Is Anxiety Buffer System Compromised in People with PTSD?

According to a new study led by Pelin Kesebir of the Department of Psychology at the University of Colorado, Colorado Springs, people who suffer with PTSD have an anxiety buffering system that is compromised. “According to terror management theory (TMT), human awareness of mortality and vulnerability creates a potential for paralyzing anxiety. Effective management of this potential is essential for psychological well-being and adaptive functioning,” said Kesebir. “The study reported here tests the idea that persons afflicted with PTSD display a disruption in their anxiety-buffering system.”

TMT describes how people cope with mortality. Healthy individuals engage their anxiety buffer system to cope with the fear that mortality brings. “This terror is kept at bay by an anxiety-buffering system consisting of a cultural worldview, which provides an explanation for existence, standards through which one can attain a sense of personal value, and the promise of literal or symbolic immortality to those who live up to these standards; self-esteem, which is acquired by believing in the cultural worldview and living up to its standards; and close personal relationships,” said Kesebir. Previous research has linked psychological problems with inability to manage death related anxiety. “Following the same reasoning, we posit that PTSD is associated with a breakdown of one’s anxiety buffering mechanisms as a result of a traumatic experience.”

Kesebir and his colleagues tested 89 Polish women from domestic violence shelters, half of whom were diagnosed with PTSD. All of the women were asked to judge moral transgressions and make punishment recommendations. The women without PTSD gave harsher recommendations, such as the death penalty, than the women with PTSD, which was consistent with the theory that PTSD causes people to move away from death-related thoughts. “The present study, combined with other emerging ABDT (anxiety buffer dysfunction theory) studies, lends support to this argument by showing that when the anxiety buffer is not functioning adequately, as in the case of PTSD afflicted individuals, the terror is experienced on a continual basis in the form of overwhelming anxiety and related symptoms, such as re-experiencing, hyper-arousal, numbing, and avoidance,” said Kesebir. He added that the impaired anxiety buffering system may be responsible for the anxiety PTSD survivors feel when faced with threatening situations or circumstances involving mortality.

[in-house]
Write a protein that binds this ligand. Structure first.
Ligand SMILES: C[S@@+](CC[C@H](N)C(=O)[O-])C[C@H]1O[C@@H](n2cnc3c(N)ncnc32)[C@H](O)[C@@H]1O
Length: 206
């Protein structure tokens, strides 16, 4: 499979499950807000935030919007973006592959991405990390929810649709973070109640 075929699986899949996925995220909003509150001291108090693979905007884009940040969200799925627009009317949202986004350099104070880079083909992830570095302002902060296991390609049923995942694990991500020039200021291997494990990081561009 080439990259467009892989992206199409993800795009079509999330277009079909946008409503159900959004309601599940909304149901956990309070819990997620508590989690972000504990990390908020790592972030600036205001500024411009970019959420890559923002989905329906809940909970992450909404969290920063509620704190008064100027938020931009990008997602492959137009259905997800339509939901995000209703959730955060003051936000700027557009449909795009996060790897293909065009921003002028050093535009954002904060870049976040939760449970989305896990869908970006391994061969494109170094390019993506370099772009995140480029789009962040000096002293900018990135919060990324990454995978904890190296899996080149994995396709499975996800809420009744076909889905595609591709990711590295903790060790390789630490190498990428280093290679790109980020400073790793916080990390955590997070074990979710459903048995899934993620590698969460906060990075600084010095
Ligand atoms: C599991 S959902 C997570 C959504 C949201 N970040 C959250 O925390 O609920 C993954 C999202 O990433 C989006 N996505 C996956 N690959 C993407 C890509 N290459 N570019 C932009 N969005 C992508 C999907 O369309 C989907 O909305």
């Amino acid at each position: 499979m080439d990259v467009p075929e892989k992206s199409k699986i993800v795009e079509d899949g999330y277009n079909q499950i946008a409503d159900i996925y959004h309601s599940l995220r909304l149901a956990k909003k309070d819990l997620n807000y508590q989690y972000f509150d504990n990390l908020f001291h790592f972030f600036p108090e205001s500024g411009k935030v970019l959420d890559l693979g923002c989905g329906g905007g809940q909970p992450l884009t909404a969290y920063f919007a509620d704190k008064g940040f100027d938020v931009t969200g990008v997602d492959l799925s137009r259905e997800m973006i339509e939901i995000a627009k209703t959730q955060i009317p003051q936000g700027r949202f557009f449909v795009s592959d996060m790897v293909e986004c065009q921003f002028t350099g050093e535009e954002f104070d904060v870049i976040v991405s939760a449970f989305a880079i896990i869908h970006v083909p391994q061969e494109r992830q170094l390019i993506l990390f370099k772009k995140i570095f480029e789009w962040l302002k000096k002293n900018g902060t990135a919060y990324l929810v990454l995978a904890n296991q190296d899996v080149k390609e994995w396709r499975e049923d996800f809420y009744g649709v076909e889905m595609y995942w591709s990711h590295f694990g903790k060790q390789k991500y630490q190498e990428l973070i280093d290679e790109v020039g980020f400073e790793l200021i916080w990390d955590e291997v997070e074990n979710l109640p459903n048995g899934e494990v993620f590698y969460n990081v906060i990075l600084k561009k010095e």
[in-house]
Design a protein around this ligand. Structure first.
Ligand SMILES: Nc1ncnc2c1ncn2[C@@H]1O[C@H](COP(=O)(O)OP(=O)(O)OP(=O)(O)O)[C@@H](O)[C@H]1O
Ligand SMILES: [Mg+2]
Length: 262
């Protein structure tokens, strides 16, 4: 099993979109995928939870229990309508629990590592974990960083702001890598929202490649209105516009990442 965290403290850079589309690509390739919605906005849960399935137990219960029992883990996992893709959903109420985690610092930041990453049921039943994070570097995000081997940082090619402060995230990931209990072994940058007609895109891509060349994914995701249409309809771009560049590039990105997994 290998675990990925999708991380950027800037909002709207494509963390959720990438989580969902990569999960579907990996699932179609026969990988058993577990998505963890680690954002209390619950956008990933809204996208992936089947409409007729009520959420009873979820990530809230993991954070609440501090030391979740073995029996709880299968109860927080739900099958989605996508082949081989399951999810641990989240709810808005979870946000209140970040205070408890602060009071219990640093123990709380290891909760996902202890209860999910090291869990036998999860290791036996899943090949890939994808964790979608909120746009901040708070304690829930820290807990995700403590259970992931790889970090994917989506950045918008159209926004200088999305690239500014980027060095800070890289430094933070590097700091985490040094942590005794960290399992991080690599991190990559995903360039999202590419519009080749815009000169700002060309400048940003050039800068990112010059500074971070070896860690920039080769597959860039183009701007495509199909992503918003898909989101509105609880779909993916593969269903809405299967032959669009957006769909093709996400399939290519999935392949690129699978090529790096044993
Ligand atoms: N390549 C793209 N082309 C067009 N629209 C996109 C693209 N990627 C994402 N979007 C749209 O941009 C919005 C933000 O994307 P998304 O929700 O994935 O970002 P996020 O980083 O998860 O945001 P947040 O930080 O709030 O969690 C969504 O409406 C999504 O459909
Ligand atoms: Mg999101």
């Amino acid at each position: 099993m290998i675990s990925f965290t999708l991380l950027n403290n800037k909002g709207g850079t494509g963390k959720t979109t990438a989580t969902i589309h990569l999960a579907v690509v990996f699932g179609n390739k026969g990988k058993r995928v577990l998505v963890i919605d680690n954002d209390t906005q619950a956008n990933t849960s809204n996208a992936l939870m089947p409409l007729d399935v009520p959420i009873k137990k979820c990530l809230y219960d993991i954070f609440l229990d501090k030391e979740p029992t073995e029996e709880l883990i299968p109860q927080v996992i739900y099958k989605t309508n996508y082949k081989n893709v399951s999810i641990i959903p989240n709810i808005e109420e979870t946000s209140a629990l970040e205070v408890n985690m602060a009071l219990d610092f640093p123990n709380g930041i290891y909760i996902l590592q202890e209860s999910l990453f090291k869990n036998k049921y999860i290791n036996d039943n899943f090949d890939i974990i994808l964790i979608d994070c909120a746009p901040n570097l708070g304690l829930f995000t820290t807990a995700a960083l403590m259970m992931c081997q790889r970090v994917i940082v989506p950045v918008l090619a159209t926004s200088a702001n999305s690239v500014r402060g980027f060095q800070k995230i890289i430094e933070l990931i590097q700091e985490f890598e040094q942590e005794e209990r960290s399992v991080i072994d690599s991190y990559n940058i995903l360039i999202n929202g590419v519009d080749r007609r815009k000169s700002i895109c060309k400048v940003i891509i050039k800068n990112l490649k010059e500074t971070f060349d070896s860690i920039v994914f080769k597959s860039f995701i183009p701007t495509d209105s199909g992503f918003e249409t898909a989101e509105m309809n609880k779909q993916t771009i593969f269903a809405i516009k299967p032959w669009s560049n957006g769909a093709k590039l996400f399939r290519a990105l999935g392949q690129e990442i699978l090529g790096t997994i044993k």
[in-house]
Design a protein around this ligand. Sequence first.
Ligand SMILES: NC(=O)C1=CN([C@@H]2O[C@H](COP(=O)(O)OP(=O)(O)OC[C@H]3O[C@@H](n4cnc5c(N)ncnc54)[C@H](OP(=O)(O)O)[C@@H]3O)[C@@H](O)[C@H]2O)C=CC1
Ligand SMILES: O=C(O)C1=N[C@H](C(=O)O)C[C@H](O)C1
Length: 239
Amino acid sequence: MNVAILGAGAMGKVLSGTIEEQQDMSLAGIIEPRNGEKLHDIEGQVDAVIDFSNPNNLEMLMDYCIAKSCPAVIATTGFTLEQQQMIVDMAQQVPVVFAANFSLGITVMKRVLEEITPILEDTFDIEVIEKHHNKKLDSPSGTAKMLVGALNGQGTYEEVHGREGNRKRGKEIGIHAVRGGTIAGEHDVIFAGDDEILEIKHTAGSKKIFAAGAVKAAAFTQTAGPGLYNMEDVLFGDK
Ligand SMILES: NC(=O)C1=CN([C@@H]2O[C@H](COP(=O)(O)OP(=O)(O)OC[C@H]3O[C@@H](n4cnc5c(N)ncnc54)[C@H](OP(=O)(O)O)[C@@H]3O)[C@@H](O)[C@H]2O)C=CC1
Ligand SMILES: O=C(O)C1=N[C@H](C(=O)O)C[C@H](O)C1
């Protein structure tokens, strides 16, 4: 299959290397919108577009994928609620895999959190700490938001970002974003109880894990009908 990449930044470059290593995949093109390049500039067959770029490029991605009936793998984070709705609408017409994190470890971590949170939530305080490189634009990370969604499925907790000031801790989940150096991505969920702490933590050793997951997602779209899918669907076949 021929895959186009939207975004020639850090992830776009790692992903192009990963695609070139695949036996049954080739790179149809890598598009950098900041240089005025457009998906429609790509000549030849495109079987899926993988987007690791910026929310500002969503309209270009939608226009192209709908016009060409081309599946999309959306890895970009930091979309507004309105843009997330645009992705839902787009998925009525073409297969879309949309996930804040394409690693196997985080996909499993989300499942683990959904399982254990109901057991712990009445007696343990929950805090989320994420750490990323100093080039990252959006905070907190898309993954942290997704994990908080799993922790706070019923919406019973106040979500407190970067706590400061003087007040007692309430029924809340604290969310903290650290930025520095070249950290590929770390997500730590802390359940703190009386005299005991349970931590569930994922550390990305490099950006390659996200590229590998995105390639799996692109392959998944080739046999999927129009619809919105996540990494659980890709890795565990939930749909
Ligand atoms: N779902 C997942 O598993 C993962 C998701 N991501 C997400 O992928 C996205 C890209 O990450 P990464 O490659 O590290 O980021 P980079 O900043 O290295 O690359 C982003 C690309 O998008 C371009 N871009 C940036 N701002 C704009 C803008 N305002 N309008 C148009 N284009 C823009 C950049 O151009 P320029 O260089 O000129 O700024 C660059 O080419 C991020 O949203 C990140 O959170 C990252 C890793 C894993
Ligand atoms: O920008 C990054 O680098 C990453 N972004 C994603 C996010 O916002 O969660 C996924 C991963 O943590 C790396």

Reference:
Kesebir, Pelin, Aleksandra Lusqcynska, Tom Pyszczynski, and Charles Benight. “PosttrauMatic Stress Disorder Involves Disrupted Anxiety-buffer MechanisMs.”Journal of Social and Clinical Psychology 30.8 (2011): 819-41. Print.

© Copyright 2011 by By Noah Rubinstein, LMFT, LMHC, therapist in Olympia, Washington. All Rights Reserved. Permission to publish granted to GoodTherapy.org.

The preceding article was solely written by the author named above. Any views and opinions expressed are not necessarily shared by GoodTherapy.org. Questions or concerns about the preceding article can be directed to the author or posted as a comment below.

  • 2 comments
  • Leave a Comment
  • Hugh

    Hugh

    November 3rd, 2011 at 4:15 AM

    So let me see if I get this- you mean that those with PTSD have a harder time filtering out the anxiety in life? That is what causes them to have PTSD? If that is the case then would anti anxiety medication help them if we had a better idea of who is or is not at risk of developing the disorder?

  • Andrea

    Andrea

    September 3rd, 2014 at 8:09 PM

    PTSD is caused by an overwhelming traumatic event. As a result of this or these events (ie. abuse, war) a person may develop symptoms of PTSD. Although medication may be helpful to alleviate some of these symptoms, therapy, or a combination of both are essential for the afflicted person to move towards mental health.

Leave a Comment

By commenting you acknowledge acceptance of GoodTherapy.org's Terms and Conditions of Use.

* Indicates required field.

 

Advanced Search

Search Our Blog

   
GoodTherapy.org is not intended to be a substitute for professional advice, diagnosis, medical treatment, or therapy. Always seek the advice of your physician or qualified mental health provider with any questions you may have regarding any mental health symptom or medical condition. Never disregard professional psychological or medical advice nor delay in seeking professional advice or treatment because of something you have read on GoodTherapy.org.